By Tom Ue.
Canadian-born Claire Leona Apps was raised in Hong Kong and Indonesia before relocating to Britain. She graduated in Pure Mathematics at Imperial College and then completed an MA at the London Film School, graduating as a director. For a decade her work has been fuelled by a vivid imagination, desire to challenge people’s everyday perceptions, and a fascination with the moving image. Her writing and directing credits include “Gweipo” (starring Francesca Annis, winner of Best Short at Tiger Far East Film Festival and Special Jury Prize at AFIA Film Festival), documentary “Aceh Recovers” shot in Indonesia and charting the effect of charity work on the post tsunami region (Philadelphia Documentary & Fiction Festival), stop animation “Plastic Love” (Filmaka level winner), “Girl Blue Running Shoe” (Arts Council England funded and shown at the Great North Museum, on BBC1 and at the Cork Film Festival), Ruminate (Starring Rebecca Hall, St. Louis International Film Festival) and a selection of noteworthy music videos. With her production company Dog Eared Films, Claire has established a creative hub in Central London: Dog Eared Studios.
In what follows, we discuss her psychological thriller debut feature film And Then I Was French, starring Joanna Vanderham and Lewis Rainer. In it, Vanderham plays Cara, a university student who modifies her physical appearance in hopes to gain the love of Jay (Lewis Rainer). The film has tragic consequences for all involved. It is listed as a must see at the East End Film Festival by both Little White Lies and Hero Magazine and will be released in early 2017.
Thanks for a fascinating feature-length debut! You have made a number of shorts before this: what were some of the challenges of filming a feature?
I really enjoyed it but it is certainly a different beast. This fictional world comes and hijacks your life for a little while. Writing a feature was a joy; I love having the time to make characters juicy and confusing. More like us. However, nothing can emotionally prepare you for the challenges of a longer, low-budget production. It’s a magical and delusional time where you are fueled by passion, ambition, friendships and the occasional booze binge. The other new experience, not a challenging one, was how long and beautiful your relationship becomes with your editor. I previously edited a lot of my own shorts because they are so consumable. It’s the difference between making dinner for your loved ones and trying to cook a banquet by yourself. You need that editor to come in and breathe the story next to you. I was blessed to work Sahil who really understood the story and me.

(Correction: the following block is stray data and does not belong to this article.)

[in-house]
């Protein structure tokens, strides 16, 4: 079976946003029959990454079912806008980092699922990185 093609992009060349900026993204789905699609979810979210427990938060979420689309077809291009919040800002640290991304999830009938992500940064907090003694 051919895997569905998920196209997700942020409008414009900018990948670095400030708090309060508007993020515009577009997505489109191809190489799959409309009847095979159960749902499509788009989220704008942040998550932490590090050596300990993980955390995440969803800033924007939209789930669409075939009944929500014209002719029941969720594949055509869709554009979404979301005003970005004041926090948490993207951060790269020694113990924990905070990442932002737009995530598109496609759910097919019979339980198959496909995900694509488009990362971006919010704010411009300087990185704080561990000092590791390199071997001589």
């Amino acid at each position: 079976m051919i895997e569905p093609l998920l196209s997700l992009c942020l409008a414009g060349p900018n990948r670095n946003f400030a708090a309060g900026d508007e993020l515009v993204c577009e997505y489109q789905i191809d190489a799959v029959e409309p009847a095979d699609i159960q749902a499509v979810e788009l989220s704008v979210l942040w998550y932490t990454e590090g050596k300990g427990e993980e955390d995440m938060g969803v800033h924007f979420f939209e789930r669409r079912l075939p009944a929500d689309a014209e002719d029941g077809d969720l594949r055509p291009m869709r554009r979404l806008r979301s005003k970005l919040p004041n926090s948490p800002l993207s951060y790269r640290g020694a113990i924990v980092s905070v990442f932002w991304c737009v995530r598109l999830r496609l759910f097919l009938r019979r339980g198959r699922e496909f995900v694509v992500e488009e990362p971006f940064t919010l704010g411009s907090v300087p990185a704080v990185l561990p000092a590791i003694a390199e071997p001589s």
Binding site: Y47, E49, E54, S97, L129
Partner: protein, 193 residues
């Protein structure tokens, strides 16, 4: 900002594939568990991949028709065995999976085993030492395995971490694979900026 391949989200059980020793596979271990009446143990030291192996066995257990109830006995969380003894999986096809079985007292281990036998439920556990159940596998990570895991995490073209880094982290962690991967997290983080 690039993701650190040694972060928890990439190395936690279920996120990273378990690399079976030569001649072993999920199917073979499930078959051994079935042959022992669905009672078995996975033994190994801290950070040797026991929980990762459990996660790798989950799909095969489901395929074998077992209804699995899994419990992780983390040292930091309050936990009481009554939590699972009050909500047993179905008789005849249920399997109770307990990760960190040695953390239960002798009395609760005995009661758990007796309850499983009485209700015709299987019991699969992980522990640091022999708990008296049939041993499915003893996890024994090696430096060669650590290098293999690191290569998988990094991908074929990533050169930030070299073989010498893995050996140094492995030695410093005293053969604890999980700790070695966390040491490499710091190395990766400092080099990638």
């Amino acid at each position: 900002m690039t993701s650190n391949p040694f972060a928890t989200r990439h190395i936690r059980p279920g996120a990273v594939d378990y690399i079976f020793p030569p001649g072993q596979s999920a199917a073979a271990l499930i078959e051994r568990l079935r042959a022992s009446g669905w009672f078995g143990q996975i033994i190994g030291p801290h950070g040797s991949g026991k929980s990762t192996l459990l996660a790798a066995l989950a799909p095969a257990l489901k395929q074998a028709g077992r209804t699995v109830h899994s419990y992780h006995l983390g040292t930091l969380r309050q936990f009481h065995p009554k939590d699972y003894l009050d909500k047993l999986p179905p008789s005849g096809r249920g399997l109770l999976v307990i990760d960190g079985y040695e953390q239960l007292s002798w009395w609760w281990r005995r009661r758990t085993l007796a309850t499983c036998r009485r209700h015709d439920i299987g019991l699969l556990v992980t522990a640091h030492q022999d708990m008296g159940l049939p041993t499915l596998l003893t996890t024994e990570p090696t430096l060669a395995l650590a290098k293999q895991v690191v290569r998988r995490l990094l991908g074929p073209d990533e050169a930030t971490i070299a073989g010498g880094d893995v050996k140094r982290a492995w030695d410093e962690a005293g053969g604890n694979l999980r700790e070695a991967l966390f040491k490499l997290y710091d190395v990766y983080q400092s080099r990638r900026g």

What inspired And Then I Was French?
Mainly romantic comedies. It’s an alternative view of films that have the moral where women should alter themselves in order to get the man they always wanted. Does self-alternation to this degree leave you happy? Oddly I started writing the film almost five years ago now, but it seems even more valid in the world filled with validation through social media. For a fairly creepy movie, the moral is simple: try to love yourself for who you are. It’s a big challenge. And it can be an exhausting one for many women because we are fighting against a lot of mucky, thick criticism and a narrow scope for what is deemed successful. We are almost taught to self-loath. The film rotates around this idea of extreme aspiration; constant and non-relenting desire to improve – to reach a “happiness”. This quest eventually becomes our own personal monster.
The tagline, “Don’t Expect a Happy Ending,” evokes some of the humor in the film. The horror seems to lie as much on the pressures that individual characters internalize and the changes that they inflict on themselves as it does on the violence. How do you balance the horror and the laughs?
I’m a massive comedy-phile; my personal relationship with the world requires many references to comedy or stand-up routines. To me humor is about survival. In everyday life, we use comedy as a tool to get through the day: laugh in the face of misery, recover from embarrassing moments, keep are egos inline, et al. For me, drama without comedy rings untrue; a parallel universe where people say super serious stuff and everyone just blinks and agrees. Not that there isn’t something wonderful in that. I’m not so hung up on reality. I once heard Park Chan-Wook (who I’m a huge fan of) say “I don’t feel enjoyment watching films that evoke passivity. If you need that kind of comfort, I don’t understand why you wouldn’t go to a spa.” What a great thing to say! Dry wit against heightening tension of a thriller creates an uncomfortable space. Because it’s just a little bit more true. ‘Is there someone in the bedroom about to kill us? Oh of course not you idiot, hahaha”… But here it is more: “Is there someone in your mind that is about to kill you.”
And between the horror and the realities that the film shows?